White Lies for Dark Timesby Andy Davis / 07.10.2009
Ben Harper is back. It’s official. White Lies for Dark Times is his best album since Fight For Your Mind. Now, my pal Jon knows what’s good. At least where music is concerned. So I was delighted when he left the new Ben Harper CD in my car by mistake. But I can’t say I trust Mr Harper. I enjoyed his break-through Welcome To The Cruel World and elevated that to worship when he followed it up with Fight For Your Mind. What a peach of an album that was, with just the right blend of fiery, thought provoking lyrics, rootsy folky bluesy pop-rock. But then he kinda lost it on The Will to Live and Burn to Shine – which apart from the hit ‘Steal My Kisses’ had way too much soppy, introspective, morose-guitar, singer-songwriter meandering on them, pretending to be songs of substance. Sure the lyrical content was interesting, but the music was so dour, and such a mish mash of genres and styles as to make it almost unlistenable. Diamonds On The Inside produced the smash hit, ‘With My Own Two Hands’ and little else. Then he started flirting with gospel on There Will Be A Light, an album recorded with the Blind Boys of Alabama. But it wasn’t that swelling, clap handies, feel-good kind of gospel with choirs and hallelujahs. It was the whiney, average uninspiring, religious fundamentalist kind. So that kind of fell flat for me. Then he dipped into Motown for a bit – and none of that stuff was really any good. Last year he dropped Lifeline, an album he recorded in a week while on tour in Paris, on a 16 track analog tape machine with no computer assistance. It was as raw as it sounds, but it was more focussed than previous Harper albums, fixating on a kind of country/soul, but it was too weighed down by the Motown mimicry to hold any water for me. He also did a slew of live albums in between.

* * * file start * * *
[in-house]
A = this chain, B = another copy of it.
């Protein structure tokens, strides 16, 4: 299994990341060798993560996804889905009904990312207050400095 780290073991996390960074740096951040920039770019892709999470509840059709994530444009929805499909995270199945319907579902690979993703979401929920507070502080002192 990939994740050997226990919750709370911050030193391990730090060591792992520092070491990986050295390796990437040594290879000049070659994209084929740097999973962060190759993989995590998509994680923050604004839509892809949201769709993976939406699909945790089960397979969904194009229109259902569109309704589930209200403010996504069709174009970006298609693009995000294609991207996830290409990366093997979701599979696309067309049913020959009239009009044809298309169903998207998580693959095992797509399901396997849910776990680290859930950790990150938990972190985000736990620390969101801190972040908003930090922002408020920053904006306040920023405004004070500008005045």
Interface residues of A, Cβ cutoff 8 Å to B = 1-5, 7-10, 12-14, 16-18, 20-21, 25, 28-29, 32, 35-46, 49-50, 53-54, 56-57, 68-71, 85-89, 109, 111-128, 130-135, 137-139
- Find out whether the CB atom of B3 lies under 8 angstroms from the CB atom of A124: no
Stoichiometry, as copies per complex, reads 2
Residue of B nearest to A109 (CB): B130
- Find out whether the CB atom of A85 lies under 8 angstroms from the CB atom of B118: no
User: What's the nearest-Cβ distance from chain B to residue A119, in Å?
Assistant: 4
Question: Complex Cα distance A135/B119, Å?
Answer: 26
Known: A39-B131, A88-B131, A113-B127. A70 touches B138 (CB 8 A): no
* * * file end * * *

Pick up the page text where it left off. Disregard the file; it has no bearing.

The problem for me with Ben Harper is that ever since Fight For Your Mind came out, he’s struggled to produce an album you want to listen to from start to finish. Over the last 10 years listening to Ben Harper has been frustrating. He gives glimpses of what he’s capable of, but then gets stuck singing into his own navel, or staring into the sun and mimicking his heroes.
Well, worry no more! Despite mixed reviews, you can take it from me, with his new players The Relentless 7, Ben Harper has finally produced another gem with White Lies For Dark Times. And the sound is a complete departure from what we’ve heard before. This has a heavier, more distorted electric blues feel. At times it’s like he’s channeling Jimi Hendrix, at other times it’s JJ Cale. But it’s still his own unique sound. I think the most amazing thing about the album is that he’s managed to unite and incorporate all those diverse influences and interests from the Blues, Gospel and Motown he so obviously admires. He’s managed to unite them all and still define an original Ben Harper sound.
And there’s one thing you can never accuse Ben Harper of, and that’s laziness. The guy has been prolific since his debut Pleasure and Pain in 1992. Releasing 9 full length albums and 3 live albums between then and now. But if Welcome to the Cruel World and Fight For Your Mind were the precocious offerings of a gifted musician, White Lies For Dark Times represents a coming of age. Harper, matured, at the peak of his powers and making the kind of music that both he, and we, can be truly happy with.